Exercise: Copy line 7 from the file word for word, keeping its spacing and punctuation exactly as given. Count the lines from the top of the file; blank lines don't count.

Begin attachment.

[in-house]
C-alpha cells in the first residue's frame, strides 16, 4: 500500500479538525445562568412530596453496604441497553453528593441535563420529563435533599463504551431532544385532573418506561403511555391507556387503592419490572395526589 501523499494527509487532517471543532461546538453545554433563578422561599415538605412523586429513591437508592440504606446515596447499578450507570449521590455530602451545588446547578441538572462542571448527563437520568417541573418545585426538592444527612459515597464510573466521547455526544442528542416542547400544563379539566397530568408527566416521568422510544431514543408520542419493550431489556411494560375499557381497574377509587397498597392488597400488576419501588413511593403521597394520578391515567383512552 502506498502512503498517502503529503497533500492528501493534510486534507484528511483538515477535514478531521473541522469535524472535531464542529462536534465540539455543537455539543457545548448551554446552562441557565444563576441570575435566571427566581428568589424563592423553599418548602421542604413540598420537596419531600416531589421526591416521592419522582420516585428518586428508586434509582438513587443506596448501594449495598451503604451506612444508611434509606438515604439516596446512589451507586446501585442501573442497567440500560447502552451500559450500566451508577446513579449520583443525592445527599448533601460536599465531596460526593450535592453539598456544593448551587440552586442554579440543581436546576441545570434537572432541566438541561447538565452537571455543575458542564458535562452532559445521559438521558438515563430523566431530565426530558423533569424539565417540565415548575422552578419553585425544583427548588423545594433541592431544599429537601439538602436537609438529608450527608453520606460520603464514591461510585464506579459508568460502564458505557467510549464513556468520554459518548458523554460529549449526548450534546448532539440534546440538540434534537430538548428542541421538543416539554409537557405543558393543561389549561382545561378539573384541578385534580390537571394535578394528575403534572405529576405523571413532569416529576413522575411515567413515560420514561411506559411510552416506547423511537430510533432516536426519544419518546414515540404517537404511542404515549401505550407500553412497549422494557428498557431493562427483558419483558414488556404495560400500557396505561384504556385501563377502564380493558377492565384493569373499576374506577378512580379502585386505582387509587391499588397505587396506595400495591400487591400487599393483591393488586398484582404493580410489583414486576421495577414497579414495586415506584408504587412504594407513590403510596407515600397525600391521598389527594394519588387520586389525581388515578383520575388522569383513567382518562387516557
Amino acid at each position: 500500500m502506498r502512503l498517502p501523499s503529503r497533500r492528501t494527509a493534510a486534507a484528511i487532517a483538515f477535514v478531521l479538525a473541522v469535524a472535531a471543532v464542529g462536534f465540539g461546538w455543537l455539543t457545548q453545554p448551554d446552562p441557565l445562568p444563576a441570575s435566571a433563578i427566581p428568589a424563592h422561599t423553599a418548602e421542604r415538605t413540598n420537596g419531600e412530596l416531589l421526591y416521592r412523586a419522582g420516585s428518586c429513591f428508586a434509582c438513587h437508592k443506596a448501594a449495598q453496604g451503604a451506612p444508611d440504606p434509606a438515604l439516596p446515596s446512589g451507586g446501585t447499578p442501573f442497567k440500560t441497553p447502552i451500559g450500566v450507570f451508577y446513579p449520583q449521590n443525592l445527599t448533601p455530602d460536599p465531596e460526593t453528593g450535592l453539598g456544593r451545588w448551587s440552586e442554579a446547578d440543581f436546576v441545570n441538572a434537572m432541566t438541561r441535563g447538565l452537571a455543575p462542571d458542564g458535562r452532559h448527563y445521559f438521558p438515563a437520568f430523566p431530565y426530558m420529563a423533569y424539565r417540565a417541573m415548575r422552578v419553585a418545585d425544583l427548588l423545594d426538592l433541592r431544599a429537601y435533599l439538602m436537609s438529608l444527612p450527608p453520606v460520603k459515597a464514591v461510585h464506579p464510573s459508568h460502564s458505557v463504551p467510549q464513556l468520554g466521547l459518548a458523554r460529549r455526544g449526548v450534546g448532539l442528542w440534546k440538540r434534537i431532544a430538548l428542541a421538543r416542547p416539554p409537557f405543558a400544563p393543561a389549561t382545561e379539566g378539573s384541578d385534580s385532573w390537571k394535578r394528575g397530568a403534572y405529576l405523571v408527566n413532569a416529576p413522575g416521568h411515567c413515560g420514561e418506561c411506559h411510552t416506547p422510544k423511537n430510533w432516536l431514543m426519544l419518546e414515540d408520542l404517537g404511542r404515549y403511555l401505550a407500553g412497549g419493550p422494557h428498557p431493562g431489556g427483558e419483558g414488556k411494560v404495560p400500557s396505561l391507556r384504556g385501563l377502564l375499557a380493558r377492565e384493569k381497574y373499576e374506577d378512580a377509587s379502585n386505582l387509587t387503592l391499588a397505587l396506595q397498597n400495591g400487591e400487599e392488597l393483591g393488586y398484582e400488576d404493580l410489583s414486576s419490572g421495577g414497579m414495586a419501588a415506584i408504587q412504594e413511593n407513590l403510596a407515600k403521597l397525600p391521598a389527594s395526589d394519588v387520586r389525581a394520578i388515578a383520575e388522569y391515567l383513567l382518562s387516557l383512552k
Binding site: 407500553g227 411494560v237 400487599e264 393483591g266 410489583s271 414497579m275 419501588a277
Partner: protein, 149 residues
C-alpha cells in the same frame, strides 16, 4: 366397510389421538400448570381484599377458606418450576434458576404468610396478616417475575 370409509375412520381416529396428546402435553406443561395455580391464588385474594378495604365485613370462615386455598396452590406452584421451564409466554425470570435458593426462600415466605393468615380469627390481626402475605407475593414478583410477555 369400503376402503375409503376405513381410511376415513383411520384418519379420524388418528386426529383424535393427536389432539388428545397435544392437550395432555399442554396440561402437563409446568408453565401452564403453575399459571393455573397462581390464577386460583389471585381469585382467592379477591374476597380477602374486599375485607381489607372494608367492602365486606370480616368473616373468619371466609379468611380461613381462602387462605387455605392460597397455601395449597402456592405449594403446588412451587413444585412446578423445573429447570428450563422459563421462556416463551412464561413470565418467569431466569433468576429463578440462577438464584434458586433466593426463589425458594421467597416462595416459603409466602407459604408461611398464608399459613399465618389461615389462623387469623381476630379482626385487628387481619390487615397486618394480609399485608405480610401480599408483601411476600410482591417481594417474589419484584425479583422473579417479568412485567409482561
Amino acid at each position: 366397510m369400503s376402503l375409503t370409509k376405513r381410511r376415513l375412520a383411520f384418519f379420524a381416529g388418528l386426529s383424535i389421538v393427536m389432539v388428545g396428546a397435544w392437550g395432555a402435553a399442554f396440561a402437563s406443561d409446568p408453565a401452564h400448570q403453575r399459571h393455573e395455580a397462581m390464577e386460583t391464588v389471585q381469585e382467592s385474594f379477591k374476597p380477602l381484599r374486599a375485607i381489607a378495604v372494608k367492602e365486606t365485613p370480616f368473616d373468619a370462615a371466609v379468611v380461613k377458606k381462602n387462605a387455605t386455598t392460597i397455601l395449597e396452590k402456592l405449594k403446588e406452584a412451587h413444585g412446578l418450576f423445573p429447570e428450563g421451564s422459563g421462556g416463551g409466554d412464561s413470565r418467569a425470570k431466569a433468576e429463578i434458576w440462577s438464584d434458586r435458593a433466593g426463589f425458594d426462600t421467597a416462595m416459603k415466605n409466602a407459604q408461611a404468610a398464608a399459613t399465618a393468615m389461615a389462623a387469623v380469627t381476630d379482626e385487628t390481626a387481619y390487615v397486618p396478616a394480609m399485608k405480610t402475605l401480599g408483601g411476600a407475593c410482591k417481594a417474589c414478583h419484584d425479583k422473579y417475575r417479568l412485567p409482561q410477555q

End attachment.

Amino acid at each position: 366397510m369400503s376402503l375409503t370409509k376405513r381410511r376415513l375412520a383411520f384418519f379420524a381416529g388418528l386426529s383424535i389421538v393427536m389432539v388428545g396428546a397435544w392437550g395432555a402435553a399442554f396440561a402437563s406443561d409446568p408453565a401452564h400448570q403453575r399459571h393455573e395455580a397462581m390464577e386460583t391464588v389471585q381469585e382467592s385474594f379477591k374476597p380477602l381484599r374486599a375485607i381489607a378495604v372494608k367492602e365486606t365485613p370480616f368473616d373468619a370462615a371466609v379468611v380461613k377458606k381462602n387462605a387455605t386455598t392460597i397455601l395449597e396452590k402456592l405449594k403446588e406452584a412451587h413444585g412446578l418450576f423445573p429447570e428450563g421451564s422459563g421462556g416463551g409466554d412464561s413470565r418467569a425470570k431466569a433468576e429463578i434458576w440462577s438464584d434458586r435458593a433466593g426463589f425458594d426462600t421467597a416462595m416459603k415466605n409466602a407459604q408461611a404468610a398464608a399459613t399465618a393468615m389461615a389462623a387469623v380469627t381476630d379482626e385487628t390481626a387481619y390487615v397486618p396478616a394480609m399485608k405480610t402475605l401480599g408483601g411476600a407475593c410482591k417481594a417474589c414478583h419484584d425479583k422473579y417475575r417479568l412485567p409482561q410477555q